On Friday 11 March 2011, an earthquake measuring 9.0 on the Richter scale triggered a tsunami that devastated parts of coastal Japan.
Japan's Tsunami: How It Happened investigates the science behind the earthquake and tsunami. The programme follows Professor of Geological Sciences Roger Bilham - who arrived in Japan days after the earthquake struck - as he sets off to view the devastation from the air.
The earthquake moved Japan 12 feet closer to the USA. The earth was knocked off its axis and the rate of the earth's rotation was changed. This was one of the biggest earthquakes ever measured; the ground along the east side of Japan dropped by almost 10 feet, making the tsunami catastrophic.
The documentary also follows renowned journalist Callum Macrae as he travels to the north, where the towns of Sendai and Ofunato used to be bustling fishing villages. Here he views the destruction first hand and meets the locals struggling to cope in the aftermath.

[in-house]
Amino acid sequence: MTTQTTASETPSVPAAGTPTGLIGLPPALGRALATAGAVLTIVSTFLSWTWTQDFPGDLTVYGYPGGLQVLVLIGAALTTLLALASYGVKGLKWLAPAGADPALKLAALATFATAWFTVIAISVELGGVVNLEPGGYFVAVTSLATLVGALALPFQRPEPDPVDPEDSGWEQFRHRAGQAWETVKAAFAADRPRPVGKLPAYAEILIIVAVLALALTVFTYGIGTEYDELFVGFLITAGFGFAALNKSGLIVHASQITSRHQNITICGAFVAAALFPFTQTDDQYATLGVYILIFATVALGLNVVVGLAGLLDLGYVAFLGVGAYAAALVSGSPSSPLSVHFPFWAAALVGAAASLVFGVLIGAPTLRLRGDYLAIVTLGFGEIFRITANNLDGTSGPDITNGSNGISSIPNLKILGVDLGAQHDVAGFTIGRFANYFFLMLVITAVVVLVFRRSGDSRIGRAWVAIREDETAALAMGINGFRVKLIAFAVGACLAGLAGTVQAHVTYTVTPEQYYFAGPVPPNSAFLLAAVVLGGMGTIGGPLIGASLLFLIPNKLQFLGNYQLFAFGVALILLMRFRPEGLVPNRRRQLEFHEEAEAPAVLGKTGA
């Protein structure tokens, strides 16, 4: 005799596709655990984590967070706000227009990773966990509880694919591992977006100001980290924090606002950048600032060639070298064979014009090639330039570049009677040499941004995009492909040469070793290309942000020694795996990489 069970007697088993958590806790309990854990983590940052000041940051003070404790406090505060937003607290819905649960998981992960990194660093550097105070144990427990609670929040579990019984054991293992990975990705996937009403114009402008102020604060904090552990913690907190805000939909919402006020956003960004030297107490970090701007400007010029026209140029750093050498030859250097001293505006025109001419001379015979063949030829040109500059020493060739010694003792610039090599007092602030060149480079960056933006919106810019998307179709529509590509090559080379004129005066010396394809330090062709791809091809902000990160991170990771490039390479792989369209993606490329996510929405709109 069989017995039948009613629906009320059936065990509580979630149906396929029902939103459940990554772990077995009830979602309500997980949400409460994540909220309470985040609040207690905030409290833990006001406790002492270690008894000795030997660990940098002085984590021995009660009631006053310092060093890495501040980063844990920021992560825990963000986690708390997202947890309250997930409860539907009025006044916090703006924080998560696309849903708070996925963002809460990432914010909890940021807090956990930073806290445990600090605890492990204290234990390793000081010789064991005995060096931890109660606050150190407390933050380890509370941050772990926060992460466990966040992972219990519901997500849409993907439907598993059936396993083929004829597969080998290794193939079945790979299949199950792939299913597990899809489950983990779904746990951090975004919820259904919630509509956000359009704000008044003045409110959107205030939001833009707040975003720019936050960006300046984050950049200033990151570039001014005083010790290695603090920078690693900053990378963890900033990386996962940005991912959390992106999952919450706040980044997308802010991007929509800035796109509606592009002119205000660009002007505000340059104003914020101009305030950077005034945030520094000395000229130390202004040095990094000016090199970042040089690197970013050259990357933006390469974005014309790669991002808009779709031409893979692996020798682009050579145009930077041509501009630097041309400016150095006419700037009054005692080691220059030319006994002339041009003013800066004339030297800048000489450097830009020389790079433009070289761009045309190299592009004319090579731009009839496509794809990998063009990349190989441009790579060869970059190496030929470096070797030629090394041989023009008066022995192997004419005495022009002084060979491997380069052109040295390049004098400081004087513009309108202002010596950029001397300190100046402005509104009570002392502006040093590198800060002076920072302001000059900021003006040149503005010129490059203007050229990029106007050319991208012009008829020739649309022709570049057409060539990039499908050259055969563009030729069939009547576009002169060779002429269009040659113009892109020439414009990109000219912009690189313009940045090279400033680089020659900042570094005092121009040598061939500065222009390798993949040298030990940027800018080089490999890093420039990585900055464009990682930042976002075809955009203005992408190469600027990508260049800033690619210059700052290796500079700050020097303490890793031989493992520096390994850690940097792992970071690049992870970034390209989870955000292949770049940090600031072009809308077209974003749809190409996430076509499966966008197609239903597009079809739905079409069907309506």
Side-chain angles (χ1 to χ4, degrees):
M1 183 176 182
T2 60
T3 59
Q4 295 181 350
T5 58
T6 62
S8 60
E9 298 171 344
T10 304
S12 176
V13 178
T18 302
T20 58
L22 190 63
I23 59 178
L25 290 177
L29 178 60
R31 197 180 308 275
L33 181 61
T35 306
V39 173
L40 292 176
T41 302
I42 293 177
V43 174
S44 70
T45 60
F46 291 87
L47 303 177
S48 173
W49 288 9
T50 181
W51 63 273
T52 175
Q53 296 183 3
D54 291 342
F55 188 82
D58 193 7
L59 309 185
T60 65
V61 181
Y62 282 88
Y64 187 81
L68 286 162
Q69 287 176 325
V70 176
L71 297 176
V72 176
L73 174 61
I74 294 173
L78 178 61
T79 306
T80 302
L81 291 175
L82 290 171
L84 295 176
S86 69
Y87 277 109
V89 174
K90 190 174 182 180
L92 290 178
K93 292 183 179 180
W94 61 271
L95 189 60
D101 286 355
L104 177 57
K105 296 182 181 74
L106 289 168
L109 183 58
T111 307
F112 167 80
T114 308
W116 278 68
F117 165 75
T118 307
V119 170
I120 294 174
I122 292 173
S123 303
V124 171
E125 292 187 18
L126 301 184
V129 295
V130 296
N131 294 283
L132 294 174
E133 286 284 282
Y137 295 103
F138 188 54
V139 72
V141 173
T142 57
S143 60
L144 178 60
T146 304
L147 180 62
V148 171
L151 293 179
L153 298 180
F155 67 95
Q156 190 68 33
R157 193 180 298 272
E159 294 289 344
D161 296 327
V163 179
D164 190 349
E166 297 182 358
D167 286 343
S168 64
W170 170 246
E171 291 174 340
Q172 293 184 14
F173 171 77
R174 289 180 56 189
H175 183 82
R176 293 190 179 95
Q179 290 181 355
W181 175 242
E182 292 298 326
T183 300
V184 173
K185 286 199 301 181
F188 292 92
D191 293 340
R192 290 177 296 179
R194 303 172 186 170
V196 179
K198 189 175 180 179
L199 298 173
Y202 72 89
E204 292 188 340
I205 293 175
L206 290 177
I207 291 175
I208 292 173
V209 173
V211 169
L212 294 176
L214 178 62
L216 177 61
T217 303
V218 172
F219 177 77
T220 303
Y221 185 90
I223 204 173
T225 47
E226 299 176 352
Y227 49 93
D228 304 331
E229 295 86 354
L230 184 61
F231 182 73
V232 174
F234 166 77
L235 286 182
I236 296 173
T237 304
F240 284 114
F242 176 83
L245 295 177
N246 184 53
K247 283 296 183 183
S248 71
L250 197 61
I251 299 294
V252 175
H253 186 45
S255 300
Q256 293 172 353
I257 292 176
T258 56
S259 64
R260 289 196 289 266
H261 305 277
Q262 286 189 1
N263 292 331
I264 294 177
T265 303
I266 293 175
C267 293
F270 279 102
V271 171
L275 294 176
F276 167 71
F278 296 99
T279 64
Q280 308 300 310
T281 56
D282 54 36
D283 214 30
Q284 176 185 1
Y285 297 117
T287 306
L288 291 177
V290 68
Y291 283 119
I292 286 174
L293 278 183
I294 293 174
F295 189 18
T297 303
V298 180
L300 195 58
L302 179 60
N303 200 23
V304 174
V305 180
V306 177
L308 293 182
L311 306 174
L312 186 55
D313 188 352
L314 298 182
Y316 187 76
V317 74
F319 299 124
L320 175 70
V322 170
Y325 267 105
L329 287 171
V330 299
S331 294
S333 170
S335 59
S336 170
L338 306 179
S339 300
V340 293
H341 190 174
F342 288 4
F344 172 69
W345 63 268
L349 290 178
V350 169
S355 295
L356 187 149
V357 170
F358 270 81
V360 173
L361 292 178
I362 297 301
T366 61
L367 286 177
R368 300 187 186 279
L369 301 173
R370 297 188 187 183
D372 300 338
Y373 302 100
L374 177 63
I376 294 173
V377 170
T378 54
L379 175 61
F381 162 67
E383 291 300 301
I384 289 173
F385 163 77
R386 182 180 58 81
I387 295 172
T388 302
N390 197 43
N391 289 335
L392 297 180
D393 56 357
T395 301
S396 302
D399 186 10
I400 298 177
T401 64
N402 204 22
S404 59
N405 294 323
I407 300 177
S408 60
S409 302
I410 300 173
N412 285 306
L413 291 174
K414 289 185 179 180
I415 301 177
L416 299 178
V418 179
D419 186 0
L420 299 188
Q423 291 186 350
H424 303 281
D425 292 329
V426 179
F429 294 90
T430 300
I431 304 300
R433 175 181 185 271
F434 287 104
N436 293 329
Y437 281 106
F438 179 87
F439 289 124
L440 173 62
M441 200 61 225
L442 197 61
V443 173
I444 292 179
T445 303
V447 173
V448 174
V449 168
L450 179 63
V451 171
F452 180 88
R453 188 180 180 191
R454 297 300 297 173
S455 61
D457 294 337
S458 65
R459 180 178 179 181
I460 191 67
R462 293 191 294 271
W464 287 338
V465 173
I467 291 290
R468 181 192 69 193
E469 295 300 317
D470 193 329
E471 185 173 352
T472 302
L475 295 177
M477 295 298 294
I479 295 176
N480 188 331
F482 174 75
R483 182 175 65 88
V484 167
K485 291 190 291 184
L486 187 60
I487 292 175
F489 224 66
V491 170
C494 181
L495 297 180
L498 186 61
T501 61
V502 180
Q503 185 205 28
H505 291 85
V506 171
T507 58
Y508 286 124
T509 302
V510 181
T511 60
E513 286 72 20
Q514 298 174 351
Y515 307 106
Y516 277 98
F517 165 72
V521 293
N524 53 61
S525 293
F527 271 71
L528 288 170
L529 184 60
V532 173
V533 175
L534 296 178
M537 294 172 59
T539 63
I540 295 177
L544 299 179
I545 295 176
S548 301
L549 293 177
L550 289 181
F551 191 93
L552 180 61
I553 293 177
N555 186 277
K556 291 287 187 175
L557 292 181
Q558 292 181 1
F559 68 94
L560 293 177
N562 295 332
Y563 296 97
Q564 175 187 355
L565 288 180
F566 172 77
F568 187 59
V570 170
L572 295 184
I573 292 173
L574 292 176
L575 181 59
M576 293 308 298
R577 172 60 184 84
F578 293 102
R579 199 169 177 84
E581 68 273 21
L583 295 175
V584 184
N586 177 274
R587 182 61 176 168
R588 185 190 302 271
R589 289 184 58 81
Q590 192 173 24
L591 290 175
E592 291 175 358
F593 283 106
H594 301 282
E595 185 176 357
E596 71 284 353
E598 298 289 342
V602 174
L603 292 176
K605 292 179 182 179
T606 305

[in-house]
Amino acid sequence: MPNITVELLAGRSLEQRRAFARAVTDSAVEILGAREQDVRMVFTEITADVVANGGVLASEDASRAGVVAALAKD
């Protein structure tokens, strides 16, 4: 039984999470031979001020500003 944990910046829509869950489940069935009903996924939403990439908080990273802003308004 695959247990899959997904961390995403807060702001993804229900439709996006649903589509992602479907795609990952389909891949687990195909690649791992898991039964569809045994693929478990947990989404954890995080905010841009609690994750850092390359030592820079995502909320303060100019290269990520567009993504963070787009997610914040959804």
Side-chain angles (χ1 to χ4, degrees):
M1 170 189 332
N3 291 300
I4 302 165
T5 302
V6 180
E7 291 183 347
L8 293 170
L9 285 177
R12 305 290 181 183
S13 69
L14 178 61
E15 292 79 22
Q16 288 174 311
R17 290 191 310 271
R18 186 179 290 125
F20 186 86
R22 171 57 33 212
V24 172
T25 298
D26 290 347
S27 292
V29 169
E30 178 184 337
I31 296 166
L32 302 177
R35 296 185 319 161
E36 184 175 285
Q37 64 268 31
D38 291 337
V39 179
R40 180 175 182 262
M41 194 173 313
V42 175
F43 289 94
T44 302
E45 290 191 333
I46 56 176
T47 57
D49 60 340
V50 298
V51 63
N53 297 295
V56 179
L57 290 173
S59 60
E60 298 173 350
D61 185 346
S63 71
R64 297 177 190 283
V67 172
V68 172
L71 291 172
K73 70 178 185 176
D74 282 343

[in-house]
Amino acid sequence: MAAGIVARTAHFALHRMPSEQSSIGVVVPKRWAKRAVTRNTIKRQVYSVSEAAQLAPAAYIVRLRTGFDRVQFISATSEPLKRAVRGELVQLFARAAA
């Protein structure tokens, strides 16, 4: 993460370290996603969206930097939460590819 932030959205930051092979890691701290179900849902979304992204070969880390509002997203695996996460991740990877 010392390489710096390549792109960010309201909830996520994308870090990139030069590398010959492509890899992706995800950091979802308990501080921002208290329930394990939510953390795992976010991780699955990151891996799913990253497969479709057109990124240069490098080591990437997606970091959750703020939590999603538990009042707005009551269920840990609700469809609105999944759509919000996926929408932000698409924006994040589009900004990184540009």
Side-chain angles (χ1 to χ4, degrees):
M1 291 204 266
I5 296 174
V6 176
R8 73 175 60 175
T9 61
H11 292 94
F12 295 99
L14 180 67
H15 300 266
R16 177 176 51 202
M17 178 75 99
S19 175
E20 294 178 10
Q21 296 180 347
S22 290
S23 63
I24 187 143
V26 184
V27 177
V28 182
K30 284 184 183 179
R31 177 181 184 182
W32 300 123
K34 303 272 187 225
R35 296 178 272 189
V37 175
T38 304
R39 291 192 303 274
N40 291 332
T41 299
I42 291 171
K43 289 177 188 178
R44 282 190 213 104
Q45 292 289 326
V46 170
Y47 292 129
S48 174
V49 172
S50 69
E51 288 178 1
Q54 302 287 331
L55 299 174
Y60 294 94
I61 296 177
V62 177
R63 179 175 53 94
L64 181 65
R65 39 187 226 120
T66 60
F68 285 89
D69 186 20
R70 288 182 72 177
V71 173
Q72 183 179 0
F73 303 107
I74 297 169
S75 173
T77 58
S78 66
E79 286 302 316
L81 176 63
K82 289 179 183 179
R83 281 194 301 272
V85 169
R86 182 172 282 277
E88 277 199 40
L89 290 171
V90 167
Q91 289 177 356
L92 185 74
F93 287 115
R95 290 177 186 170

Japan lies on the Pacific Ring of Fire where the Pacific Ocean plates meet the land. The ocean floor dives beneath the volcanic chain of islands that make up Japan. And when the tension builds up between the two plates the energy is released as a massive earthquake.
The programme provides the science and analysis to explain why this happened where it did, and why it was so devastating, hearing from the scientists at the Pacific Tsunami Warning Centre in Hawaii who tracked the deadly wave as it raced across the pacific, and scientists at the Tsunami research facility in Oregon who study the dynamics of earthquake-generated Tsunamis.
As Japan is lives with the consequences of this terrible force of nature, the film reveals how it has changed the country forever.